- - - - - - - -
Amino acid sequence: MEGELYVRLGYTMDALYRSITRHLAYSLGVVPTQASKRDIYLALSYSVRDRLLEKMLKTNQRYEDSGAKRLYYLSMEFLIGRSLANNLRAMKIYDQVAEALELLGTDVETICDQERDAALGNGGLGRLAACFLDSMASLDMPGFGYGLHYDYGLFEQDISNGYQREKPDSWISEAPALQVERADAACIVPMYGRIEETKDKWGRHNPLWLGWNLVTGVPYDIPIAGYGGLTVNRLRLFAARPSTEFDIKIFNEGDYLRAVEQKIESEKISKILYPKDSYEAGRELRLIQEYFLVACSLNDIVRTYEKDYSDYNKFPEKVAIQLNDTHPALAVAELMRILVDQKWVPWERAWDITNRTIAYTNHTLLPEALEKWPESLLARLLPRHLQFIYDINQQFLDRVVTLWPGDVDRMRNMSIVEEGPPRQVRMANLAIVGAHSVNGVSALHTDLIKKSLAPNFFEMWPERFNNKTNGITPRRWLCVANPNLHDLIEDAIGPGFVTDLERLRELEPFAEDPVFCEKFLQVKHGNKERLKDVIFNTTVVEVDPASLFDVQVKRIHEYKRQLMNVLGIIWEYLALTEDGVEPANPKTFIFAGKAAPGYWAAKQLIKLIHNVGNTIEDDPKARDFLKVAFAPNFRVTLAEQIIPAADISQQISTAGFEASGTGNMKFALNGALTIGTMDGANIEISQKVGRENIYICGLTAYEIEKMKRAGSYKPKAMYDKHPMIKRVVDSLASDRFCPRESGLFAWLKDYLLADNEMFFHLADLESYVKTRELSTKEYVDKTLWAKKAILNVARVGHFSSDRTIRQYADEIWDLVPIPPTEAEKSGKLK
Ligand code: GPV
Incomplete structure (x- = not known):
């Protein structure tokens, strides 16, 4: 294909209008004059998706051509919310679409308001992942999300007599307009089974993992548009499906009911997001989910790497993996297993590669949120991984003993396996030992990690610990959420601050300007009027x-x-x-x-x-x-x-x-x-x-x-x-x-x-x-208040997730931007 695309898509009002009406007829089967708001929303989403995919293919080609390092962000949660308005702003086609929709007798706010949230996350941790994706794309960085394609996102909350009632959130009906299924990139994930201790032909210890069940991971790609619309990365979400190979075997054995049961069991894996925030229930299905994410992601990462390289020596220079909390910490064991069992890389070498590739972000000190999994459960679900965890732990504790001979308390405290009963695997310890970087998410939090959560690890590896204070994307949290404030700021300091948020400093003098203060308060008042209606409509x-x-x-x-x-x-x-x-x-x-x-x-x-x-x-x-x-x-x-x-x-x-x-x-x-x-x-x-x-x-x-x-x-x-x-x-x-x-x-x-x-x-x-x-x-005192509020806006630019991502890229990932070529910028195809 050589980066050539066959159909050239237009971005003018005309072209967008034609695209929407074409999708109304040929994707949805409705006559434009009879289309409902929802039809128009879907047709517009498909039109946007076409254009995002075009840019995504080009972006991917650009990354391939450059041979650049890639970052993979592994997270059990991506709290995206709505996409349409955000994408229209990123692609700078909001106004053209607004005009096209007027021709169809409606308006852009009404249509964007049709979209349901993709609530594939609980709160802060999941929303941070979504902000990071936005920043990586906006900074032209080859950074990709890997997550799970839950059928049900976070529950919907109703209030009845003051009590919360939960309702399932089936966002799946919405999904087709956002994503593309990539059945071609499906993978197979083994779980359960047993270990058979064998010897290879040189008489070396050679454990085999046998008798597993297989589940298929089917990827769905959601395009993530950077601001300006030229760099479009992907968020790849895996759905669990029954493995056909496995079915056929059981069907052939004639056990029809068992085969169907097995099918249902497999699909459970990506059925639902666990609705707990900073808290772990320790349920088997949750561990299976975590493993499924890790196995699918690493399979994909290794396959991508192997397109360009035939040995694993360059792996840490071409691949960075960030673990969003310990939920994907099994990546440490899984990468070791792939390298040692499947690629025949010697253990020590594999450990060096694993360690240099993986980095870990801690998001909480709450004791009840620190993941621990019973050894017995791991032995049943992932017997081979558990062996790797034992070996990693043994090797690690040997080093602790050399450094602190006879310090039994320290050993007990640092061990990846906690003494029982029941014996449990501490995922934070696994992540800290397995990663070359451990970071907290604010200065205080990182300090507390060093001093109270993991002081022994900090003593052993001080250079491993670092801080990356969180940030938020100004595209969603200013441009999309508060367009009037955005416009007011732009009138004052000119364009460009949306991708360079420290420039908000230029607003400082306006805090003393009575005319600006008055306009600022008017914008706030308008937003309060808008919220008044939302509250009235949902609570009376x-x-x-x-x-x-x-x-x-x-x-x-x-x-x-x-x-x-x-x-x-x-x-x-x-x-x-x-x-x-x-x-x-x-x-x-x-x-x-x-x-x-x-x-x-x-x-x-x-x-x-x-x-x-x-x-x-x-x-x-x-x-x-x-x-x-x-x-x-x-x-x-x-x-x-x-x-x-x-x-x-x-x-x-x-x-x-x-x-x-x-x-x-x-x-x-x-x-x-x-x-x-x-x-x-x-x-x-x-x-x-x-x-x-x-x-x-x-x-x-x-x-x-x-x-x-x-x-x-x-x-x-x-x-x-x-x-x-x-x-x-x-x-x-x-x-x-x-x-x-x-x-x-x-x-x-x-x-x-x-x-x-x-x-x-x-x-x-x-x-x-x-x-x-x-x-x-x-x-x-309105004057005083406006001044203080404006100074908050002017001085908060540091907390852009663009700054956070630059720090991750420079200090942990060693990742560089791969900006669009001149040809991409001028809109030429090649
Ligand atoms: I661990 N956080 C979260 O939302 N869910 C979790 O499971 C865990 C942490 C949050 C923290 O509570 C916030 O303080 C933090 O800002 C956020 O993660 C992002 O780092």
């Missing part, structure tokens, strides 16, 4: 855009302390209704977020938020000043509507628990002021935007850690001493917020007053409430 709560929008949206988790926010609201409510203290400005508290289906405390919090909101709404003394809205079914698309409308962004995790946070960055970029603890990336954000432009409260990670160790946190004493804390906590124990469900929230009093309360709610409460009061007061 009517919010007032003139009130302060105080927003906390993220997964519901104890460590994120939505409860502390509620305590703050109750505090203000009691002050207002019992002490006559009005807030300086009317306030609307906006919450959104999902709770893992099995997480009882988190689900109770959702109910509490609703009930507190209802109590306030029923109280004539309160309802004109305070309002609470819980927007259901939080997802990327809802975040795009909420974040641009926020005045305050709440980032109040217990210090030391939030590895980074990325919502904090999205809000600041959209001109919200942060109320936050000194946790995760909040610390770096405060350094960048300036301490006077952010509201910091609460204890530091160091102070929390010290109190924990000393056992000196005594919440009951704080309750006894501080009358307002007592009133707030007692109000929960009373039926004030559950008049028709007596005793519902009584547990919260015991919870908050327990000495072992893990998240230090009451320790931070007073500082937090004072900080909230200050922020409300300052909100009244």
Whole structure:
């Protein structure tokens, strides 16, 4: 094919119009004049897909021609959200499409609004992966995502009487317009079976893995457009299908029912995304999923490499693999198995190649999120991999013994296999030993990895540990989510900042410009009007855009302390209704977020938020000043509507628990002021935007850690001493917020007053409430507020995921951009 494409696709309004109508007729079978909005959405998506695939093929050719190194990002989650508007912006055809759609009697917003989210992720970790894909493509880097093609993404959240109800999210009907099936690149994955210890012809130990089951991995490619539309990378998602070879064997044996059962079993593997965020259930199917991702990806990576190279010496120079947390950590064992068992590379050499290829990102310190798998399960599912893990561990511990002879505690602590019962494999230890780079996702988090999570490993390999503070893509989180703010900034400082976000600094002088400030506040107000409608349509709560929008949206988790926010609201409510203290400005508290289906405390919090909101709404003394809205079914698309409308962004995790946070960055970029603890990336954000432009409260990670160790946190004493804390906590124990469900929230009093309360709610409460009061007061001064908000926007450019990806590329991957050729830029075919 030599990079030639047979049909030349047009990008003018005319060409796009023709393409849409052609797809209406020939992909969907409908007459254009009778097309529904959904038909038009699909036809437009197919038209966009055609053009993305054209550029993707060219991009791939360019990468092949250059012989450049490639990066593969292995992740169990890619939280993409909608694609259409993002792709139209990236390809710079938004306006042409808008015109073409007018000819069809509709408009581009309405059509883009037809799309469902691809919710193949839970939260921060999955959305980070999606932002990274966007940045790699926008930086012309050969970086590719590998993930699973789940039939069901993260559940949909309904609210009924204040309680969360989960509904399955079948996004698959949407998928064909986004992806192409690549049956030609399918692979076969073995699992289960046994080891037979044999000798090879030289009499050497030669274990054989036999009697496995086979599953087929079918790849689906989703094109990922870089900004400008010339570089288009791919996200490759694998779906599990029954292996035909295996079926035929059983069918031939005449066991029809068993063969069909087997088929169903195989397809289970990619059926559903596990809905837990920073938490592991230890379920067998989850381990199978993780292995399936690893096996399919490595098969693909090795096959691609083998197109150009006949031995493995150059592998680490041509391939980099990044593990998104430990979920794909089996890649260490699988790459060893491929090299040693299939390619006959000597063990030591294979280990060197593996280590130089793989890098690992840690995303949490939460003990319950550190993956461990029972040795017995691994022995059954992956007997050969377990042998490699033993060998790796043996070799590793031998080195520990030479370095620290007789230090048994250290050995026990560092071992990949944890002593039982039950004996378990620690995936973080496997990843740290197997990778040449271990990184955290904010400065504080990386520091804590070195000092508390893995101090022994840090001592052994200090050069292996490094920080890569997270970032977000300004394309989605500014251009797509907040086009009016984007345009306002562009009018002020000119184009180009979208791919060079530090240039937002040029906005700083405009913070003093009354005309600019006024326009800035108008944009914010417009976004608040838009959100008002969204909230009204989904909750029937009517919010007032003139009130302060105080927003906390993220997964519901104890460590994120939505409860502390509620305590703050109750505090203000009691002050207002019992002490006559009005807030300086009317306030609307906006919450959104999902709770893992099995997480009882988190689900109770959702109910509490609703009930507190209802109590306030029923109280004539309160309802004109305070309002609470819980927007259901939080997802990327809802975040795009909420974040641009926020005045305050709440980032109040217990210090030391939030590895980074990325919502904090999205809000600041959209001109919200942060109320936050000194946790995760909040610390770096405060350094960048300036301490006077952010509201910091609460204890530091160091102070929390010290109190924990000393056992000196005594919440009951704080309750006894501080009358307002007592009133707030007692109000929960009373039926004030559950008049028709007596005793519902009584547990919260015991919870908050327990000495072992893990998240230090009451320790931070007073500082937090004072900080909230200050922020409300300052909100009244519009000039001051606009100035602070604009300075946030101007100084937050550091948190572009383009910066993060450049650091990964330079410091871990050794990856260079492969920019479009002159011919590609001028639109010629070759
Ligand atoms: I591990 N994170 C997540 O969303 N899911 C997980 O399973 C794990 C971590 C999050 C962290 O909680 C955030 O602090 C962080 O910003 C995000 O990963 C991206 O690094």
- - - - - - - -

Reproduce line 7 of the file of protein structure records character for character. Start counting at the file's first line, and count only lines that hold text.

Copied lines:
Whole structure: